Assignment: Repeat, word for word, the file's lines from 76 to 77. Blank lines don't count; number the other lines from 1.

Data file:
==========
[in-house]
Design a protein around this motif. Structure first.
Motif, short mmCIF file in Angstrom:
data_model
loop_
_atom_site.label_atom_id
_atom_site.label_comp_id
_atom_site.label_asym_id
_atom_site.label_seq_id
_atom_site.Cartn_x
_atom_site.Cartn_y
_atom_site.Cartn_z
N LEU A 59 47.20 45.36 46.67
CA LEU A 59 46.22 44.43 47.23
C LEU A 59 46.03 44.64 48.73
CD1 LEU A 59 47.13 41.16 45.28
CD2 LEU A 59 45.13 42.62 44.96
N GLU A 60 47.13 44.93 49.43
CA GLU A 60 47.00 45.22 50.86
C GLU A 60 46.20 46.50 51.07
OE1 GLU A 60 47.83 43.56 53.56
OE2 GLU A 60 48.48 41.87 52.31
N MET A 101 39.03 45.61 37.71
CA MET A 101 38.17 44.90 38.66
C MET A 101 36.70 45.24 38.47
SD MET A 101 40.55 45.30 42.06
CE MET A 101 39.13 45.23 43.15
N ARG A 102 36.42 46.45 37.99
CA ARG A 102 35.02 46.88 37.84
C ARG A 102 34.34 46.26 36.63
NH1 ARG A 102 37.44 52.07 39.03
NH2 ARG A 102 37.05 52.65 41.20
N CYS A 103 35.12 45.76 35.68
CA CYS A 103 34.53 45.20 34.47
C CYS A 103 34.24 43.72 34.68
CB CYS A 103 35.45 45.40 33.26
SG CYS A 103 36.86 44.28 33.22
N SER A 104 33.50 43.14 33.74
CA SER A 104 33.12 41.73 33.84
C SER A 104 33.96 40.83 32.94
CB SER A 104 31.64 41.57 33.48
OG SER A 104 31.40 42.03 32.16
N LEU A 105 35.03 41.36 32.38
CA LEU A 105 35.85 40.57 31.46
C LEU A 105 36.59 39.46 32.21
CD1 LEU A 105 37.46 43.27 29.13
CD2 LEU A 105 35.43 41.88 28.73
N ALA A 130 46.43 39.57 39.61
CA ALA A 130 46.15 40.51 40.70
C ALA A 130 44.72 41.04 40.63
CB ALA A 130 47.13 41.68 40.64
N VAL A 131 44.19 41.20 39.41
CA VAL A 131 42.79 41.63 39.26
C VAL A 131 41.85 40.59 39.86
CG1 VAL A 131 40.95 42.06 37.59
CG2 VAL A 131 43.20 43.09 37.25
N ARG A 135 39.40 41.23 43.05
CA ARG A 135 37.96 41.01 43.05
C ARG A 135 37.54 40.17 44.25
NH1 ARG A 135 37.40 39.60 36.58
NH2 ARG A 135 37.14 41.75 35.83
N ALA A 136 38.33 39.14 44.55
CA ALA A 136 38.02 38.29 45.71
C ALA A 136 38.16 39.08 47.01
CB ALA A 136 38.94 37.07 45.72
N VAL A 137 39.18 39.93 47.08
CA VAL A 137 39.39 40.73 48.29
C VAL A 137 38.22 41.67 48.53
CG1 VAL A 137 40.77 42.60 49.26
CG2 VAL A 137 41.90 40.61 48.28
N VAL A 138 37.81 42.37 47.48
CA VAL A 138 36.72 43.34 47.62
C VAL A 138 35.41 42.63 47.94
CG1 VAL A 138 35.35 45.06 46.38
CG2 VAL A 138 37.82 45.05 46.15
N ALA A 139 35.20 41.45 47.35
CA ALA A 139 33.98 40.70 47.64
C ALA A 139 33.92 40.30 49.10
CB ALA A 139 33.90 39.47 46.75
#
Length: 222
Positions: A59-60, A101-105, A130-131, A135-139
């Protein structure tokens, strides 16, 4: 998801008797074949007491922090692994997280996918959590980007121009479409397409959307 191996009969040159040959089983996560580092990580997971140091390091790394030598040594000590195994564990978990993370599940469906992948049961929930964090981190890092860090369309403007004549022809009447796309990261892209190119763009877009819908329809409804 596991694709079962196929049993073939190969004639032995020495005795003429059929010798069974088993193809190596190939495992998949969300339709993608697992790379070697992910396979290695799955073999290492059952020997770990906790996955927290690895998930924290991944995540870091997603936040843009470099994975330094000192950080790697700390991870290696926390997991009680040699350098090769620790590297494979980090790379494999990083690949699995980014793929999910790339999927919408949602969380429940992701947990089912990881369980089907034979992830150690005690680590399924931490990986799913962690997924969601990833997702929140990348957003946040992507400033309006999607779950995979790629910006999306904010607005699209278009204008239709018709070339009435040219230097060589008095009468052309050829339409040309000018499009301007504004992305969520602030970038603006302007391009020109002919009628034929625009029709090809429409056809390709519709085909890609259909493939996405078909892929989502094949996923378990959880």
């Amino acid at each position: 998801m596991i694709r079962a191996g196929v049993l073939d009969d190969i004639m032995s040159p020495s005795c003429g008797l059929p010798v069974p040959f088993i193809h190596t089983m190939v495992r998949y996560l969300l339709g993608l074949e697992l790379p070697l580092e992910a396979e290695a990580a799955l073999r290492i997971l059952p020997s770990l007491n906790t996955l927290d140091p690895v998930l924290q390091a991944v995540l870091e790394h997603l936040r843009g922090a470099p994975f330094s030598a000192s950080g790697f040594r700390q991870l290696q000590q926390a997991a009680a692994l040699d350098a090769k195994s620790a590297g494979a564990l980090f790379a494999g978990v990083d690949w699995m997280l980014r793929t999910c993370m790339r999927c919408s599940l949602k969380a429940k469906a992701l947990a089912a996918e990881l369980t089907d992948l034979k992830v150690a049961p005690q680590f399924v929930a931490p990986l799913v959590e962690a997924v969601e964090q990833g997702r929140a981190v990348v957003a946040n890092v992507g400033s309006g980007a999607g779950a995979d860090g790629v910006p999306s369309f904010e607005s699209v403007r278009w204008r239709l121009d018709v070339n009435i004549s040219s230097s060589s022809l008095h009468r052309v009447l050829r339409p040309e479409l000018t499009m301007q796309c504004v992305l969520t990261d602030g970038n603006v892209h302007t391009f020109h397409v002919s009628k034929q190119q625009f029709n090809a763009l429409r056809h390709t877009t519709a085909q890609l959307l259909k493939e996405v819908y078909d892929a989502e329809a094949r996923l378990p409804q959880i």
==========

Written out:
N ALA A 139 35.20 41.45 47.35
CA ALA A 139 33.98 40.70 47.64